While Lean and Six Sigma have their roots in the manufacturing industry, the methodologies can be broadly applied to hospitals. The DMAIC principles taught as part of Lean Six Sigma training are indispensable for defining goals and identifying places where hospitals are experiencing delays. Having tools to systematically assess the way departments are functioning is key to developing process improvement solutions that reduce wait times.

    Improved Quality of Patient Care

    Healthcare is an industry dedicated to helping people, and many hospitals already measure the quality of care they are providing to patients. Ensuring patients have positive experiences, quick diagnoses and effective treatment are key factors in improving community health. According to the World Health Organisation, high-quality patient care is:

    • Timely. Reducing wait times for consultations and procedures.
    • Equitable. High-quality healthcare for all.
    • Integrated. Providing healthcare that makes use of a full range of health services.
    • Efficient. Maximising the care provided with the available resources.

    Lean Six Sigma promotes significant improvements that can assist hospitals to achieve these four goals. Additionally, Lean Six Sigma will ultimately reduce operational costs and inventories, translating into further savings and efficiencies for the hospital.

    Reduce Medication Errors and Liability Issues

    Across Australia, there is an estimated 230,000 medication errors each year. The problem is no less prevalent in hospitals where medication is routinely dispensed and administered to hundreds or thousands of patients at a time. While the pharmacy industry has developed strict controls of its own, medication errors are still a reality. While some mistakes are minor, in many cases they risk doing serious injury to patients through overdosing, harmful drug interactions and potentially deadly side effects. This is not only of concern to patients, it can lead to major liability claims and expenses for a hospital. Employing Lean Six Sigma in a hospital’s diagnosis and pharmacy processes can identify the sources of medication errors and implement further controls to reduce the issue and its associated expenses.

    Increased Productivity in Laboratories

    Both public and private hospitals rely on the support of their various laboratory departments. In most cases, laboratories run around the clock, with staff always being on-hand to run tests and assist with important diagnoses. Pathologists perform a wide range of tests, including general chemistry, haematology, microbiology, immunology, surgical pathology, cytology and more. These tests range from simple, machine-conducted studies to complex assessments by highly trained clinicians. Introducing a thorough understanding of Lean Six Sigma into laboratory environments can minimise wasted time, reduce damaged samples and improve the turnaround on critical testing. By identifying bottlenecks, developing process improvements and building robust quality control systems, Lean Six Sigma can improve productivity and the reliability of hospital laboratory results.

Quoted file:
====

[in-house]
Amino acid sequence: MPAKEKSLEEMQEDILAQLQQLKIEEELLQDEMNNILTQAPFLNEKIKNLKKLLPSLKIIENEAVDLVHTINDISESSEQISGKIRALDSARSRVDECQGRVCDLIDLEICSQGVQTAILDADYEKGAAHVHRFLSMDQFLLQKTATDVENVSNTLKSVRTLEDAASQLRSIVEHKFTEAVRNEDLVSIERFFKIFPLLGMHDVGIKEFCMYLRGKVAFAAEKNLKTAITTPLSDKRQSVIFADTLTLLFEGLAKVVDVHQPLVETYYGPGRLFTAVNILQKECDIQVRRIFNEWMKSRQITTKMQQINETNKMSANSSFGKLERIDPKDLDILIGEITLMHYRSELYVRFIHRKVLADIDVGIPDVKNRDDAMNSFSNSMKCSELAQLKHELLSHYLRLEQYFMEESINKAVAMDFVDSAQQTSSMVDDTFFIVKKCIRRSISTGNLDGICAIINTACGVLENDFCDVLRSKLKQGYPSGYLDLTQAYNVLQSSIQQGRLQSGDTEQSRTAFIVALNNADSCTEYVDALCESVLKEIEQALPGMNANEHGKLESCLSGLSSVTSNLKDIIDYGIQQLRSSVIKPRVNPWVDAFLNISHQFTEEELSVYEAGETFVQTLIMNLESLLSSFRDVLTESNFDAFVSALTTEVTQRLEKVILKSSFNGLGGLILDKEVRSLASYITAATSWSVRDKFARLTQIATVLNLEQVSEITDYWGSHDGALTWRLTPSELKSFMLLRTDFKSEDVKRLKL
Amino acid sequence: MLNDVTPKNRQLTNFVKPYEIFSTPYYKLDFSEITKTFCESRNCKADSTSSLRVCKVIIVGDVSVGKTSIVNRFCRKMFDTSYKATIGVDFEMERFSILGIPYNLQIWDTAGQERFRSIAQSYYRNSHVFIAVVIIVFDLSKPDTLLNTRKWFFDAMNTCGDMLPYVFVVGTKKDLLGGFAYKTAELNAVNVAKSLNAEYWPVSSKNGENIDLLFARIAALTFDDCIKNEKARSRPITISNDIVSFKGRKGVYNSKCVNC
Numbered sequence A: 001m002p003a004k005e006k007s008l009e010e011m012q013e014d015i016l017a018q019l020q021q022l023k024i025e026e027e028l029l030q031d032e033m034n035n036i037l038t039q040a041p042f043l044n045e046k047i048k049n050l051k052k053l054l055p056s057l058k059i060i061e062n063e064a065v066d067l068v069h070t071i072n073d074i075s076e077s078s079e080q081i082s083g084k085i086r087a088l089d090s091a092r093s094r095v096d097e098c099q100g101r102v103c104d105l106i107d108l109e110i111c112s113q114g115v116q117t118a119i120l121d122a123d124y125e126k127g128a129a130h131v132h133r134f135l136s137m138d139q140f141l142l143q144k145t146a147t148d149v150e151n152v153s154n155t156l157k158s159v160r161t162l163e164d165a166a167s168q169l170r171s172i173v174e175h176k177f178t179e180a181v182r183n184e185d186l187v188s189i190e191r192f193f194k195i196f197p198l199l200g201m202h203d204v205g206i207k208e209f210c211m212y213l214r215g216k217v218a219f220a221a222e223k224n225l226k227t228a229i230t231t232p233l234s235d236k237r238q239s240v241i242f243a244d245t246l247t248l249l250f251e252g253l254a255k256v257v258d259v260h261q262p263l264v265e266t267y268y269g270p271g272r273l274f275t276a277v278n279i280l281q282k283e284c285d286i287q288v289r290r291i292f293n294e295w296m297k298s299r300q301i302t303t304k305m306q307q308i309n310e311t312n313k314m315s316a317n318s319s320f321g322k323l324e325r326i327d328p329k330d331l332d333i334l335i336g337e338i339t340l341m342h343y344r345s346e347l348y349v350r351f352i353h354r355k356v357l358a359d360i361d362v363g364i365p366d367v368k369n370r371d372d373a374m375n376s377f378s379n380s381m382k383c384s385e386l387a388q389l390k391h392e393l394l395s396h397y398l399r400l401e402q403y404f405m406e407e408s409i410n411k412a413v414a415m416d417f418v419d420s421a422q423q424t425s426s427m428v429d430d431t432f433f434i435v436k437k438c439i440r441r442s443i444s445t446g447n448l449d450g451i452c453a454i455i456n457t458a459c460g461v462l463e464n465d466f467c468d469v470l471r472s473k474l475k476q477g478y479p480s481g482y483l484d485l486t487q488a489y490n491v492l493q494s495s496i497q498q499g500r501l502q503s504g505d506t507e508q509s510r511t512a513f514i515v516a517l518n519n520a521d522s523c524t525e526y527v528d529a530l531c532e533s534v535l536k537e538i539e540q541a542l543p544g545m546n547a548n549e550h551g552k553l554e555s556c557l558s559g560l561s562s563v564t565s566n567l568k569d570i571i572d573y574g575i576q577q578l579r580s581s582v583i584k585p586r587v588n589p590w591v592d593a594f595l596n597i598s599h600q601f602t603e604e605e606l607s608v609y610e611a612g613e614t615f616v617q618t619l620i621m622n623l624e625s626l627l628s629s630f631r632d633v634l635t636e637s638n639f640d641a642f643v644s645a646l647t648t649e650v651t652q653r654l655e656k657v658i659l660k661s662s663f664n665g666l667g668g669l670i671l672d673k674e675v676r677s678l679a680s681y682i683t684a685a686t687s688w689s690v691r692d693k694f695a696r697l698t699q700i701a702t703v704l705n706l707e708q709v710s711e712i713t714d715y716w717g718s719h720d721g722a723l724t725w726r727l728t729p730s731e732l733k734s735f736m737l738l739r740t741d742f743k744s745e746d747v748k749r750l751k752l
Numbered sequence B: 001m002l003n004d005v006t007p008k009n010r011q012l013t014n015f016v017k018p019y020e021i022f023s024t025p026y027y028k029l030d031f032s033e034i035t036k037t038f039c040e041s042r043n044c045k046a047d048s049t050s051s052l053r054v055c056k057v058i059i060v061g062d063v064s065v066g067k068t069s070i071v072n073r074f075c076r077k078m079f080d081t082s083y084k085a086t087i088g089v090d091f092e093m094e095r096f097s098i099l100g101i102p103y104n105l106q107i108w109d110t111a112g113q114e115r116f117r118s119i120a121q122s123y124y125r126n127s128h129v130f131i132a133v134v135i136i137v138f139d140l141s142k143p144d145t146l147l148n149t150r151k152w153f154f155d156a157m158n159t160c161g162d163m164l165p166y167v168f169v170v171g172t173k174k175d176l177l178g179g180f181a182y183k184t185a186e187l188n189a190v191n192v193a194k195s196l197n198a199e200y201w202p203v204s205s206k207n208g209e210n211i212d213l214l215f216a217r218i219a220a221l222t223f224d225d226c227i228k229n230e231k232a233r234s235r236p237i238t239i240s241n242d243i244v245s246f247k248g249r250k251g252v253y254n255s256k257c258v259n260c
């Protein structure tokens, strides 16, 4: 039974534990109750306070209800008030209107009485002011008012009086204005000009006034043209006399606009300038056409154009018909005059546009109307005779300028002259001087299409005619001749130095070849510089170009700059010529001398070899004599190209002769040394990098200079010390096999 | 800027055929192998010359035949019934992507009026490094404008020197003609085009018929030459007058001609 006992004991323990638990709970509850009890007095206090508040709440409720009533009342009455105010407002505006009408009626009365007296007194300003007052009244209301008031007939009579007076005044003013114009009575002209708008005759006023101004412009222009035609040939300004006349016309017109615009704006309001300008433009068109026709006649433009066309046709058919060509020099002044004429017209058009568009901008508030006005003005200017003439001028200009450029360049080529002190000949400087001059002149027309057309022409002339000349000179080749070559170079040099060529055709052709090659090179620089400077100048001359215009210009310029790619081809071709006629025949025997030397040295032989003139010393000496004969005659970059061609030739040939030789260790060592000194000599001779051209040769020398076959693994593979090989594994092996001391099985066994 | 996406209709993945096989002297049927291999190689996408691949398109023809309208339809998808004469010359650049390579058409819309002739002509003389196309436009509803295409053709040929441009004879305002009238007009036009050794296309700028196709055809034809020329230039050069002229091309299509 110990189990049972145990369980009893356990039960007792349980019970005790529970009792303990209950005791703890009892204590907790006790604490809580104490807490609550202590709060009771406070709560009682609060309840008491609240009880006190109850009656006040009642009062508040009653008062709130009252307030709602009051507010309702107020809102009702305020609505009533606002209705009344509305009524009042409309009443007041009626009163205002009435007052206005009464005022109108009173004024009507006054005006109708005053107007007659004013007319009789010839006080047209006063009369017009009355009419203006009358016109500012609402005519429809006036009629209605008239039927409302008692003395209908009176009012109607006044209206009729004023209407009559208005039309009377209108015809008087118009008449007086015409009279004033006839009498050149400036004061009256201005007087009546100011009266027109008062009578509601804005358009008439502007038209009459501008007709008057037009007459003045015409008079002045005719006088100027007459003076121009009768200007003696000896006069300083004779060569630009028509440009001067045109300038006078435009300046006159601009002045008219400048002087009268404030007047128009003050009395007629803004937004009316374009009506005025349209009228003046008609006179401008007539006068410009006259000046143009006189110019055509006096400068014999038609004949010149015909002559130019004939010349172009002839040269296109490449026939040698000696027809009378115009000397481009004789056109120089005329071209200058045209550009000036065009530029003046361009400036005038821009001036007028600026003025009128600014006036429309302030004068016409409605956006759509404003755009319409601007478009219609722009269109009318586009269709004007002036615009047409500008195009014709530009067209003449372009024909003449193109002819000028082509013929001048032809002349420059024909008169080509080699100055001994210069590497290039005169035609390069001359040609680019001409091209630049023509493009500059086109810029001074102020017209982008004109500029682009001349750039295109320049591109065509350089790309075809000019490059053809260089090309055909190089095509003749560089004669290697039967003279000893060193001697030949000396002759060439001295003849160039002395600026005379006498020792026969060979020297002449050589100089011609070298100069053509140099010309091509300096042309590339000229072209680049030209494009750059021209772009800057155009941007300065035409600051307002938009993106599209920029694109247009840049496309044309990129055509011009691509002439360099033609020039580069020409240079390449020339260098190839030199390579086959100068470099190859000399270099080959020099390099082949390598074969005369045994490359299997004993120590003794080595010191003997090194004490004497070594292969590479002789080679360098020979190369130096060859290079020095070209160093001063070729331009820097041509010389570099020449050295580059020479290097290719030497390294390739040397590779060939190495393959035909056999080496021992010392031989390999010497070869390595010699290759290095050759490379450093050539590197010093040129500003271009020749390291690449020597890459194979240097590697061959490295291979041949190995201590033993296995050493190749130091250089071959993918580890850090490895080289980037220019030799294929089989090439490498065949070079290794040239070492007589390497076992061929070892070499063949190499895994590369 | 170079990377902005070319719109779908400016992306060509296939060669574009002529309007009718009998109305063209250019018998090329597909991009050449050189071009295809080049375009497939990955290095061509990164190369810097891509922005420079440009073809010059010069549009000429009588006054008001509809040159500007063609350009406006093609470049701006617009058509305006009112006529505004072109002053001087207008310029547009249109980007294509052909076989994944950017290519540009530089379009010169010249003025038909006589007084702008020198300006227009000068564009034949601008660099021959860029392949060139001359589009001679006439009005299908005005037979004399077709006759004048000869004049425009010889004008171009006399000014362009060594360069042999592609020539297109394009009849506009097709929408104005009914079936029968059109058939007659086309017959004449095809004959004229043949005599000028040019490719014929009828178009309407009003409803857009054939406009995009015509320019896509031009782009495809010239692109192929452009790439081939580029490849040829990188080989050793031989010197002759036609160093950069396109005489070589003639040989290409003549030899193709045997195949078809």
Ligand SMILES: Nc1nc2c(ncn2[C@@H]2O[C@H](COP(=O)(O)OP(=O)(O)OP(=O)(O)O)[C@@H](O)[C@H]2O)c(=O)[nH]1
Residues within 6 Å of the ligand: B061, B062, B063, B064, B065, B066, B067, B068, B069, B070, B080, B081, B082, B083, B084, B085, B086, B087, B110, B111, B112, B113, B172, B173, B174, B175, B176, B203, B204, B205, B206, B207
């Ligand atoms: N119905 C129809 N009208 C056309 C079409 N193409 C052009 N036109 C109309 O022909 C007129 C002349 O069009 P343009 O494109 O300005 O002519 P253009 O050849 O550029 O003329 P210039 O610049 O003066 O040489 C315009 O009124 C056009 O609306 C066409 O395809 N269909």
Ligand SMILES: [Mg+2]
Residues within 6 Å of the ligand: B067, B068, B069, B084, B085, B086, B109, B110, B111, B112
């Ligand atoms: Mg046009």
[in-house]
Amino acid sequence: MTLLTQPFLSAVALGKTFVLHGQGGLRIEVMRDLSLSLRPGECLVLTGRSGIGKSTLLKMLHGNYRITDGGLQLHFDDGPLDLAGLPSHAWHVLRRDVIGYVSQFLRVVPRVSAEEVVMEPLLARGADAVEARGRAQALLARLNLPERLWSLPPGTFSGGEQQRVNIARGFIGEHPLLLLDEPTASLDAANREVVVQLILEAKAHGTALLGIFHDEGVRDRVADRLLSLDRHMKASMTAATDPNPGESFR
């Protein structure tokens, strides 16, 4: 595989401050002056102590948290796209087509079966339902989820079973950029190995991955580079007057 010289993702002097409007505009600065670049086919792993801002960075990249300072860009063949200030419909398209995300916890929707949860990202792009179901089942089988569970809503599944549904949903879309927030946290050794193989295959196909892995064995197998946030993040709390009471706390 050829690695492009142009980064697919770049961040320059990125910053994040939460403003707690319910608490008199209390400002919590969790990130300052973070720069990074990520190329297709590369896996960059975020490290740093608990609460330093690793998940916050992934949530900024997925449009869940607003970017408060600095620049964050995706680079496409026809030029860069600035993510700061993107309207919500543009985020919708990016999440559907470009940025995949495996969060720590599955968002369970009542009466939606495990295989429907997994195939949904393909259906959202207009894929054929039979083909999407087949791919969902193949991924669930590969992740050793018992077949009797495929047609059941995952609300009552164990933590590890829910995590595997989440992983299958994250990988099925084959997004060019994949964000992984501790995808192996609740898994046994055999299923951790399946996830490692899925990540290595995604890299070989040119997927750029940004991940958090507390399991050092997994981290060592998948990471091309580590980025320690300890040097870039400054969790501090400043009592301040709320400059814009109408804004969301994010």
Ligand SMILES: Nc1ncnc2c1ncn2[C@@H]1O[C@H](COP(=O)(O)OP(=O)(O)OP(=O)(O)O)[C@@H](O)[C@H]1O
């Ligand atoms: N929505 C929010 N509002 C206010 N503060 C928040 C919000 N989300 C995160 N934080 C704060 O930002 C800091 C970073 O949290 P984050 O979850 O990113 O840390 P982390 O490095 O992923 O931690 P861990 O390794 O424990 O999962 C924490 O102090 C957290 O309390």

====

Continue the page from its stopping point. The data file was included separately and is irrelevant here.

Contact Thornley Group for Lean Six Sigma Training Tailored to Your Hospital

    With reduced inventory, improved processes and fewer errors, patients and hospitals can both reap the benefits of Lean Six Sigma training. Thornley Group provides Lean Six Sigma courses for all levels of healthcare professionals, from nurses and laboratory technicians through to boards and governing bodies. Our programs are designed to assist organisations of all shapes and sizes. We can also tailor the content to suit your particular hospital to give your staff an even greater understanding of their role in process improvement. Speak to us today about our Lean Six Sigma training programs and consultation services.

  • How Lean Six Sigma Principles Can Improve the Manufacturing Industry

    March 22nd, 2022 | by

    In the mid 20th century, executives from Toyota visited a Ford manufacturing plant and were impressed by the efficiency of Ford’s famous production lines. Their visit was productive, with Toyota taking inspiration and introducing the first version of the Lean principles we know today. At the same time that Lean began to spread, Motorola was also working on their Six Sigma program which was designed to improve manufacturing quality.

    Even now, Lean and Six Sigma represent two of the most important tools the manufacturing sector has ever seen. Offering significant savings and improvements to both product quality and customer satisfaction, Lean Six Sigma is now must-have training for all manufacturers. Lean Six Sigma teams help to cut expenses and improve products, leading to several major benefits for the manufacturing industry.

    Greater Cost Efficiency

    The greatest benefit and driving factor behind Lean and Six Sigma principles are the benefits they offer to the bottom line. Reducing organisational waste and improving production methods ultimately lead to better products and greater customer satisfaction while decreasing expenses. A survey from the Economist Intelligence Unit showed that 90% of manufacturing executives reported reduced costs as a result of their Lean Six Sigma programs. When combined, these programs produce a noticeable boost to profits.

    For executives though, it is important not to focus too heavily on the cost savings. Putting too much emphasis on reducing expenses can often lead to unsustainable improvements. For example, as processes become more efficient, laying off staff may be a good way to save money, but the impact on employee morale could lead to a net loss for the company. Lean Six Sigma practitioners should always remain mindful of the long-term effects when implementing business improvements.

    Inventory Reduction